What No Labels is Up To
What No Labels is Up To
Reporting on Politics and Policy.
April 28 2011 11:39 AM

What No Labels is Up To

Were you curious? No? Too bad. The non-partisan (or trans-partisan, or unpartisan) political group, which debuted with some fanfare this year, has faded a bit because its regular calls for action are remarkably unspecific about what action is being called for. An effective third party group's agenda introduces some dynamic new element to the conversation; this group's agenda is based entirely on the congressional calender, which is a problem.

To wit, the new No Labels campaign is a call for members to write (actually, copy) letters to editors in support of the Gang of Six's deficit deal . (The "gang" is composed of Mark Warner, Kent Conrad, Dick Durbin, Saxby Chambliss, Mike Crapo and Tom Coburn.)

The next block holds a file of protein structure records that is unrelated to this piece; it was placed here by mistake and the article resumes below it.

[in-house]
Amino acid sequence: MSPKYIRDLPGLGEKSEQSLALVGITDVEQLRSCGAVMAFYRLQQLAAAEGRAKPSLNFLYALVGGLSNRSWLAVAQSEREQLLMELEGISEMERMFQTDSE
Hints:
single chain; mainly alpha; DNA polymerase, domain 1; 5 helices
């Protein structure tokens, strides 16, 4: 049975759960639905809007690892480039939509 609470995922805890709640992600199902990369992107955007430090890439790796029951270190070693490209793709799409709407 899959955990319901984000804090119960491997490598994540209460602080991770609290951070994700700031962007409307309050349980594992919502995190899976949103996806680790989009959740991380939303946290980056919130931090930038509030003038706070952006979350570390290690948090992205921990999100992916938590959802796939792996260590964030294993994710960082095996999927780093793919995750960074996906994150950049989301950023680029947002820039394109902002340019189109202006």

Like my fellow Americans, I am deeply concerned about our nation's financial future. Our country will face a fiscal catastrophe if Washington can't address our crushing debt.

Fortunately, some in Congress understand the urgency. For months, a bipartisan group of Senators known as the "Gang of Six" have been working together to produce a comprehensive plan to address the ballooning deficit. Their approach has earned the backing of No Labels, a new political group encouraging bipartisan problem-solving. The Gang of Six could issue their proposal as soon as next week, but already some on the left and right have begun their attacks.

As Congress weighs its next move in the weeks ahead, we need our leaders to demonstrate real courage and exercise political restraint. Let's hope our representatives give the Gang of Six a fair hearing. If not, we risk more hyper-partisan gridlock, which we can't afford.

Problem: We don't actually know what the Gang of Six is working on, what their plans are, and what they want to reform. All we know is that it's bipartisan. Would a centrist group be using its time and resources promoting some policy or legislation, rather than the ideal of bipartisanship?

David Weigel is a reporter for the Washington Post. 

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